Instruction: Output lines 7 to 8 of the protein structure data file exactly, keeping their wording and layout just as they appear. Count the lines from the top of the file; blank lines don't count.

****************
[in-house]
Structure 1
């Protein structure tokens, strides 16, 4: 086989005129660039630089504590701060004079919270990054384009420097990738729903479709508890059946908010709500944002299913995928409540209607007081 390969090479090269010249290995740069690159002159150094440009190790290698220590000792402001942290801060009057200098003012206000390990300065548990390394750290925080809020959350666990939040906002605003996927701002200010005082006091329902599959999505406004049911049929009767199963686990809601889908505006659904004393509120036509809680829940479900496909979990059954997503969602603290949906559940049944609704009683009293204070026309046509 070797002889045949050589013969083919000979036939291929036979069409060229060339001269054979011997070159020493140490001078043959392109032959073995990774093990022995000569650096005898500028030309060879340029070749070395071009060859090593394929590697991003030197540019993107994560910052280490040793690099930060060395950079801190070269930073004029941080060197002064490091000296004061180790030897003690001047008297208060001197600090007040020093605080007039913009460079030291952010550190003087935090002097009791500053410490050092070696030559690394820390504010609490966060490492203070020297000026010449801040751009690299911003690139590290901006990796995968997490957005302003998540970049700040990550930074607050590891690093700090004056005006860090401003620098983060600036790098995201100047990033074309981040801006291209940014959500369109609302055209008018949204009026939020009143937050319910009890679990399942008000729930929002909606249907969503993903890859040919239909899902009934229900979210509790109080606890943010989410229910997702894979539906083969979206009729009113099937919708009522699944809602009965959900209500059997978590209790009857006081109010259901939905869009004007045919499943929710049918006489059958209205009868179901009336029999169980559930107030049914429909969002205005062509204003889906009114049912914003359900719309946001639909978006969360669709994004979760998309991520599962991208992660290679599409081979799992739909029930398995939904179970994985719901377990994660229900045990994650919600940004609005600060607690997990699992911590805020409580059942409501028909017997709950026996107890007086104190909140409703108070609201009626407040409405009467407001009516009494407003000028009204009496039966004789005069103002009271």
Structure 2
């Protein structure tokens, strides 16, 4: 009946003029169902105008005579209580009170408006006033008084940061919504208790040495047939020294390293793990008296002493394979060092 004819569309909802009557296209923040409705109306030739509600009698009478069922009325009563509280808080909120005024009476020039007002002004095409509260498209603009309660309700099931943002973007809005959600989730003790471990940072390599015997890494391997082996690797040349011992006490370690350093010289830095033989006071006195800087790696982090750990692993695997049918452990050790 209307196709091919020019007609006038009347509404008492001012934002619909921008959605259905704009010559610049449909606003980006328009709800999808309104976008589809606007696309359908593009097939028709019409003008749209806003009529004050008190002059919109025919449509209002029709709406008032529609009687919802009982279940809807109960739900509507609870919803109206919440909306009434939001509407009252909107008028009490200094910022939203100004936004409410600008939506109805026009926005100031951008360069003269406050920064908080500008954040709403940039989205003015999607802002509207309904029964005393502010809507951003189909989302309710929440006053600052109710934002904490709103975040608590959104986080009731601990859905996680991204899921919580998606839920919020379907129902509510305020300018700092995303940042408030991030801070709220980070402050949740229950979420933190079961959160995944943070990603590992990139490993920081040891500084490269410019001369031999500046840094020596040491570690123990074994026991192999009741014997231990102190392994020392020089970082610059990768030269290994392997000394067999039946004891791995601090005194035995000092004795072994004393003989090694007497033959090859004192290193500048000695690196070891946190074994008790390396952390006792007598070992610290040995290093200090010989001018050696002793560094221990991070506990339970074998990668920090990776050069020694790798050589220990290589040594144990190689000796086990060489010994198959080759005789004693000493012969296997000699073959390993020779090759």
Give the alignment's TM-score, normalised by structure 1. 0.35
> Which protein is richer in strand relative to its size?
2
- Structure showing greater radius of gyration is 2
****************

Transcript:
> Which protein is richer in strand relative to its size?
2